Getting started with Python in Microsoft Azure - Databricks

In Microsoft Azure, more and more possibilities are added to allow users to perform ETL or machine learning tasks based on a fully visual experience with no coding required. This empowers a much bigger group of people to get started with data engineering or data science tasks. That's great of course, but what if you do like to code, and want to enjoy the freedom and flexibility of writing your own code in a language like Python? No need to worry, Microsoft Azure has plenty to offer for Python programmers as well!

Azure Databricks

One example of a Microsoft Azure product where Python can be used is Azure Databricks. Azure Databricks is a big data and machine-learning platform built on top of Apache Spark. The idea is that using Databricks, you can easily set up a Spark cluster with which you interact through notebooks. And guess what, one of the supported languages inside such a notebook is Python.

Let's have a closer look at how we can use Python to fit machine learning models in Azure Databricks. We will set up a Databricks cluster and import a demo notebook. In the notebook, Python code is used to fit a number of machine learning models on a sample data set. The notebook is based on an official Databricks notebook.

Setting up a Databricks cluster

In the Azure Portal, create a new Databricks service. When the Databricks Service is set up, launch the workspace. Under Common Tasks, you can create a new cluster. Let's create a standard cluster using the default settings.

create a cluster

Creating or importing a notebook

Notebooks are the interface to interact with Databricks. A notebook is a web-based interface that can contain text and runnable code. You can create a new notebook in Azure Databricks under Common Tasks – New Notebook. In this notebook, you can create text cells (by starting the cell with %md) or code cells (supported languages are Python, R, SQL and SCALA). Read more about using notebooks here.

Instead of starting a notebook from scratch, you can also import an existing notebook. To do this, click home; the arrow next to your username; import.

import notebook

In this way, you can import the demo notebook, after downloading it from here. You can run each cell in the notebook using CTRL + Enter.

Using Python to fit machine learning models in the notebook

To support Python with Spark, we will make use of the PySpark library. This library is automatically imported in a notebook. We will use PySpark (including its MlLib library for machine learning) instead of commonly used libraries such as pandas and scikit learn, because these traditional libraries don't allow for scaling in a distributed environment.

Next, we will see how we can use Python inside the notebook to get and prepare data, to fit some machine learning models, and to evaluate them. Use the imported demo notebook to try this out on your own Databricks cluster.

Getting the data into a PySpark Dataframe

To keep things simple, we will use a sample data set provided by Databricks. The data set contains information about US citizens; the goal is to predict whether a person earns less or more than 50K based on his/her characteristics. We will load the data in SQL using the CSV data source for Spark and then convert it to a PySpark data frame. This type of dataframe (unlike a Pandas dataframe) is distributed across the cluster.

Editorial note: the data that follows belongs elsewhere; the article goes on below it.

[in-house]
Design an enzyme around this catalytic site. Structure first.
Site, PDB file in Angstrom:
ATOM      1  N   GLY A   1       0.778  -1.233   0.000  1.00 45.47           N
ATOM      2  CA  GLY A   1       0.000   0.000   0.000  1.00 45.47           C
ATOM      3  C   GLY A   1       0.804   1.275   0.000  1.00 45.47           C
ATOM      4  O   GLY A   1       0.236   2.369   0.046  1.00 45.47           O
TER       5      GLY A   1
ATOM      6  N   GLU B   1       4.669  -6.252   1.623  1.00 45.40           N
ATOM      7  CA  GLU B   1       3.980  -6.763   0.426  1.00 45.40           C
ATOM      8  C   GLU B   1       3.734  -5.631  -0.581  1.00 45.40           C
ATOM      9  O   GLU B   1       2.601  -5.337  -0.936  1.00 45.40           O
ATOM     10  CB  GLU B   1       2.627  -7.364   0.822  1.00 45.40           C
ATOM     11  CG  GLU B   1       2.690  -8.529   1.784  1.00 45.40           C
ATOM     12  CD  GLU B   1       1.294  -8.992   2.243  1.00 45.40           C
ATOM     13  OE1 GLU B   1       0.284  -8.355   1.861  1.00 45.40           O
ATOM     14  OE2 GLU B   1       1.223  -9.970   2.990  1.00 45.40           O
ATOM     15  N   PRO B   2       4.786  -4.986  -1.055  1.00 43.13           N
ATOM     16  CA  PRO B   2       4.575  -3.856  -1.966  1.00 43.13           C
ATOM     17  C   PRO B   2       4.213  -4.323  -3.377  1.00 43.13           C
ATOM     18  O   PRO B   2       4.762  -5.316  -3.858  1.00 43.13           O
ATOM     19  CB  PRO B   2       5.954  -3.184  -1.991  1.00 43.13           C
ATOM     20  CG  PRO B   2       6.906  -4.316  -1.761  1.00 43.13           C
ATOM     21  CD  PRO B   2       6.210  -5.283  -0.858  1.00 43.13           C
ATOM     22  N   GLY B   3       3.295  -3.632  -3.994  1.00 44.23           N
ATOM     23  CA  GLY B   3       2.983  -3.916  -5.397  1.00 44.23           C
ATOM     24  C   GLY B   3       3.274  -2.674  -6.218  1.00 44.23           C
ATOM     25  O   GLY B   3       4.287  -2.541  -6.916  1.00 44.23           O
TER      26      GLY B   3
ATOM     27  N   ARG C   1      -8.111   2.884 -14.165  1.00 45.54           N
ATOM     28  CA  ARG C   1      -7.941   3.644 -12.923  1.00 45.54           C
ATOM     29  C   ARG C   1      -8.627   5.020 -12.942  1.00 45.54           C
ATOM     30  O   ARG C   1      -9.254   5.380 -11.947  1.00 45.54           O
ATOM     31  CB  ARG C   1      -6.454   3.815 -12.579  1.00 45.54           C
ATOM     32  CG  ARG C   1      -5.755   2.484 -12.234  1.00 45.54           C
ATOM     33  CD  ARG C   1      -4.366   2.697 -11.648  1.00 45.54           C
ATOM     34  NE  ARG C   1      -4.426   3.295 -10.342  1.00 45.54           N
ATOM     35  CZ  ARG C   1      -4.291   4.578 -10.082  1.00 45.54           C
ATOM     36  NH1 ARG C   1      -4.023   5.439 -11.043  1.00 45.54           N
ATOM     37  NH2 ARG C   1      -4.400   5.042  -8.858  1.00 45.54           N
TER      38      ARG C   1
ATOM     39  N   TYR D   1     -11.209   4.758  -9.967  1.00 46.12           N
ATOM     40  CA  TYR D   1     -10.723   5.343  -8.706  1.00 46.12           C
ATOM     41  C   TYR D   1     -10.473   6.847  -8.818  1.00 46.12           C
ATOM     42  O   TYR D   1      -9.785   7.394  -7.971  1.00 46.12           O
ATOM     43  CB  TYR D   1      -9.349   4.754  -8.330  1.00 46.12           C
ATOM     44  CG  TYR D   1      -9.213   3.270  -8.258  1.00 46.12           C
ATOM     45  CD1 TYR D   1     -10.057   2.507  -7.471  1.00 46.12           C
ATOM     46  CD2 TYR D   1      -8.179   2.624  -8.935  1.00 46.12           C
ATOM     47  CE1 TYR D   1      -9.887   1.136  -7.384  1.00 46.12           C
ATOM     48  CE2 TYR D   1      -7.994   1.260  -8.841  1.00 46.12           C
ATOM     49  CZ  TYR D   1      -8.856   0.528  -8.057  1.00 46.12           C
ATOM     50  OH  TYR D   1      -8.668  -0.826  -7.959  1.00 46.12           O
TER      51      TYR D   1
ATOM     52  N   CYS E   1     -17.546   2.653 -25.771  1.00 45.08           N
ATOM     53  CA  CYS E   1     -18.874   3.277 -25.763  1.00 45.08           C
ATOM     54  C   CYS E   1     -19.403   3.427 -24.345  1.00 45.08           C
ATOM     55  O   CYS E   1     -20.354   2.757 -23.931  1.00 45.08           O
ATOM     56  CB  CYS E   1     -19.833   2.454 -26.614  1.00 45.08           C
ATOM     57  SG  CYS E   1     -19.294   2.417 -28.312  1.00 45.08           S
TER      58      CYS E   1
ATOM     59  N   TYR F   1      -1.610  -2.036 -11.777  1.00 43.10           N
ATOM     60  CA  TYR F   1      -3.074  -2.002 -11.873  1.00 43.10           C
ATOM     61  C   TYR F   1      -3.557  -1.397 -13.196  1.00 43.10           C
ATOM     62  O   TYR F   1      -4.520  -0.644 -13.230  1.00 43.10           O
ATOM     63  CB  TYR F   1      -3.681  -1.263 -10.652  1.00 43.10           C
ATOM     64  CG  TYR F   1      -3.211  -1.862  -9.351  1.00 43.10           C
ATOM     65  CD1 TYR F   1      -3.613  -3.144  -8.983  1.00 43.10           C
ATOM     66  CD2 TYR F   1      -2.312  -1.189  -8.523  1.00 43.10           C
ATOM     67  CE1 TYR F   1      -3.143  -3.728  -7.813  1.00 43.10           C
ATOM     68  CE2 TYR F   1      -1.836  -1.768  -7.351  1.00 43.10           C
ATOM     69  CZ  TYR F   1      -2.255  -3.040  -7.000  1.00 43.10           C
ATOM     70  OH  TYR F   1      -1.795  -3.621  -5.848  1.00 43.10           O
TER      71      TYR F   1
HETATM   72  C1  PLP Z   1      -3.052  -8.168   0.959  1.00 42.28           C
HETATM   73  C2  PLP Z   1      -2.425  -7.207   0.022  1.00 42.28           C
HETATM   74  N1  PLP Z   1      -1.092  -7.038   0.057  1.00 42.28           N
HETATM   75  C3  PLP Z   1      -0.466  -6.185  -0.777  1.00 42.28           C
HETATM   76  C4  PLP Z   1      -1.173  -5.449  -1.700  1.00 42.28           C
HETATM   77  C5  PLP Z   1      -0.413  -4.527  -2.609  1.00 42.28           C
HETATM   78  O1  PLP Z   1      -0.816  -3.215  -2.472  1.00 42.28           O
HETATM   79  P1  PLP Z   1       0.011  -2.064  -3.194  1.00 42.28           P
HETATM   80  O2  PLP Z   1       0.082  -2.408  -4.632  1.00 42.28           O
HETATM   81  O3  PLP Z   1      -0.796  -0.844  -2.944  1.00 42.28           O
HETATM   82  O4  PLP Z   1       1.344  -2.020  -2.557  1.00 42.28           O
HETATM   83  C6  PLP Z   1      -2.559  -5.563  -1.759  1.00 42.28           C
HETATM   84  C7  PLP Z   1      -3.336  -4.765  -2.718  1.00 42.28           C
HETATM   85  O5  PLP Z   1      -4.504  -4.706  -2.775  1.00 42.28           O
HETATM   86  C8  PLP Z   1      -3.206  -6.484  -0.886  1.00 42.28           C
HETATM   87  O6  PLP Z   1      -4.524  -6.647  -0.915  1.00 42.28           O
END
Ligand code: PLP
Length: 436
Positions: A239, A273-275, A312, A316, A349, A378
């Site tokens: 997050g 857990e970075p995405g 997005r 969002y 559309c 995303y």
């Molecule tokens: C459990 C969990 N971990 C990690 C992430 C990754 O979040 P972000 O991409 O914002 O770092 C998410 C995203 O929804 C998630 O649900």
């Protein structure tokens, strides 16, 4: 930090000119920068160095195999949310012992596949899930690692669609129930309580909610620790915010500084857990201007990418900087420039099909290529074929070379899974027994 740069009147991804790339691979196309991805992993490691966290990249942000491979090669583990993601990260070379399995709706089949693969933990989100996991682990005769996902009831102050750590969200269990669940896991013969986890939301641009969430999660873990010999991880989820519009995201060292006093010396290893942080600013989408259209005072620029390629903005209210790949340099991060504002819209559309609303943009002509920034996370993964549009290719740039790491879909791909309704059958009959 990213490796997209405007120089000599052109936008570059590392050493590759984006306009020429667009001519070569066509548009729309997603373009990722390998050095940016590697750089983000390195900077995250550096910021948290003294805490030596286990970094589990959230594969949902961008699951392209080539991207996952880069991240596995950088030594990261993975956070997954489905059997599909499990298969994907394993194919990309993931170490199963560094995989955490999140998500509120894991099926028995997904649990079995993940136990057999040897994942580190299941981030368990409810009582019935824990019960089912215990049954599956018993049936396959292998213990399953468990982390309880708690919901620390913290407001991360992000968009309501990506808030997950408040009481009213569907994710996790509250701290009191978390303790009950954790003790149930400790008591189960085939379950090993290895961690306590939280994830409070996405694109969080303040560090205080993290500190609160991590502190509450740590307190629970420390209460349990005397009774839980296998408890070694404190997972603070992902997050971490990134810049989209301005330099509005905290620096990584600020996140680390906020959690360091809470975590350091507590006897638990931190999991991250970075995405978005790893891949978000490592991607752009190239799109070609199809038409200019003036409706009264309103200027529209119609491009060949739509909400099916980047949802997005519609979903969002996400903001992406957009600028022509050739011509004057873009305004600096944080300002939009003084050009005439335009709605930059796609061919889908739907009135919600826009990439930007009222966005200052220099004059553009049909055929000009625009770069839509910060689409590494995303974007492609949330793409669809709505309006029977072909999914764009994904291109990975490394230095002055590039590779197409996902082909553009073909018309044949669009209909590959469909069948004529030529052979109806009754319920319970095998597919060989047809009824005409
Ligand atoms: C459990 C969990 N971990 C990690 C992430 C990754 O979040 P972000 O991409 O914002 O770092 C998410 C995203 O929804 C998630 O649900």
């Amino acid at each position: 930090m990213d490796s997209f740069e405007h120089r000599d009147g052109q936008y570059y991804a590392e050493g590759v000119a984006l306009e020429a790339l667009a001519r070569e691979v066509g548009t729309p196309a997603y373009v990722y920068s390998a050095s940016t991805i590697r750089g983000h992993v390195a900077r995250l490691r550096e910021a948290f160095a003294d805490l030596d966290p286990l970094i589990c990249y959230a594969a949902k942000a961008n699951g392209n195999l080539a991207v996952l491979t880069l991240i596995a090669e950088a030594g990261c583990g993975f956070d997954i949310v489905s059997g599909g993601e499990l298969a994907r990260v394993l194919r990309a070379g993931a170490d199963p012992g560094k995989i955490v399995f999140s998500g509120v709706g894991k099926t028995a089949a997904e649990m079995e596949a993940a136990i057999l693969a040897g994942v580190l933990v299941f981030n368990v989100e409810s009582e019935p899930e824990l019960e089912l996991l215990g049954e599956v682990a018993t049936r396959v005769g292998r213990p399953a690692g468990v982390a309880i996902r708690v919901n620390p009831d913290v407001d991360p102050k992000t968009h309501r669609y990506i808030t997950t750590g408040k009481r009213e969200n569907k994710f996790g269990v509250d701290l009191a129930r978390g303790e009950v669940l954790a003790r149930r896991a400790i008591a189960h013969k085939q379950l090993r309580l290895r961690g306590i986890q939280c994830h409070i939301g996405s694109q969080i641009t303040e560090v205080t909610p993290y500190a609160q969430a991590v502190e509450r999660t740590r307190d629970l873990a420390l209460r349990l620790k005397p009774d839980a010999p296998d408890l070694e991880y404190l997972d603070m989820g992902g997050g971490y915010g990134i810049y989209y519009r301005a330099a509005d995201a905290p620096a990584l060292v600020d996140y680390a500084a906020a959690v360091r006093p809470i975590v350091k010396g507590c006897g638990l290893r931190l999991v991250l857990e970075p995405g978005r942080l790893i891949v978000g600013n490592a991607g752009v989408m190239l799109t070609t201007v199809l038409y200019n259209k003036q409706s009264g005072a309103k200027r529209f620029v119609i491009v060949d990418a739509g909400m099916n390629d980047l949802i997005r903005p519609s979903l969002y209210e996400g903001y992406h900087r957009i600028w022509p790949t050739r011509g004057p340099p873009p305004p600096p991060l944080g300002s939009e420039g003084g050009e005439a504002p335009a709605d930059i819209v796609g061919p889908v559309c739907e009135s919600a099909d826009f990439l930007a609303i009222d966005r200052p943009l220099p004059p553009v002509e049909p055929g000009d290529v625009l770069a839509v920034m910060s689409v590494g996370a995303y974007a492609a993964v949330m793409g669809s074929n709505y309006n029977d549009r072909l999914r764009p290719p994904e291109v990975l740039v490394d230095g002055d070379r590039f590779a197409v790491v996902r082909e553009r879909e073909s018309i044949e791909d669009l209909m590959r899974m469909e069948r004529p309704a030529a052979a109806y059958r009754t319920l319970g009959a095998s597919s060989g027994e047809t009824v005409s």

spark df

Preparing the data using Pipelines

Before we can fit a machine learning model to this data set, we will need to transform it in several ways. First of all, we should transform the categorical columns (both features and label columns) to numerical ones. We will do this in two steps: First, we use StringIndexer to transform each categorical column into a column of indices. Next, we use OneHotEncoder on each index column, which will create a new binary column for each unique index value.

Transforming categorical columns

Second, we merge all feature columns into a single vector column using VectorAssembler.

Merging all features in one vector column

Notice the stages list to which we add each transformation step. This variable is used to create a Pipeline, in which we group together all transformations. That allows us to easily see the entire transformation workflow. The pipeline is based on a sequence of stages. The data set passes through each stage and gets transformed step by step. Let's set up and execute the Pipeline.


Fitting Machine Learning models

Once our data set is prepared correctly, we only need to divide it into a training and test set before we fit our machine learning models to it.

training test set

Let's fit a logistic regression model, a decision tree and a random forest to the training data. For the sake of simplicity, we will not do any hyperparameter tuning, and mostly stick with the defaults. Notice that we just need to provide two columns for each machine learning algorithm: The column with the labels, and the vector column in which we merged all features.

ml models

Evaluating the Machine Learning models

Now that we have fitted our three models, we can use them to make predictions on the test data.


Next, we can compare the predictions that the three models make. One common way to do that is in terms of their area under the ROC curve. We can use the BinaryClassificationEvaluator to get these numbers.


Apparently, in this simplistic setting (without any tuning involved), the logistic regression model performs best in terms of the area under the ROC curve.

That's it for this blog! Keep in mind that Databricks is just one example of how you can use your Python skills in Microsoft Azure. Stay tuned for more possibilities :-)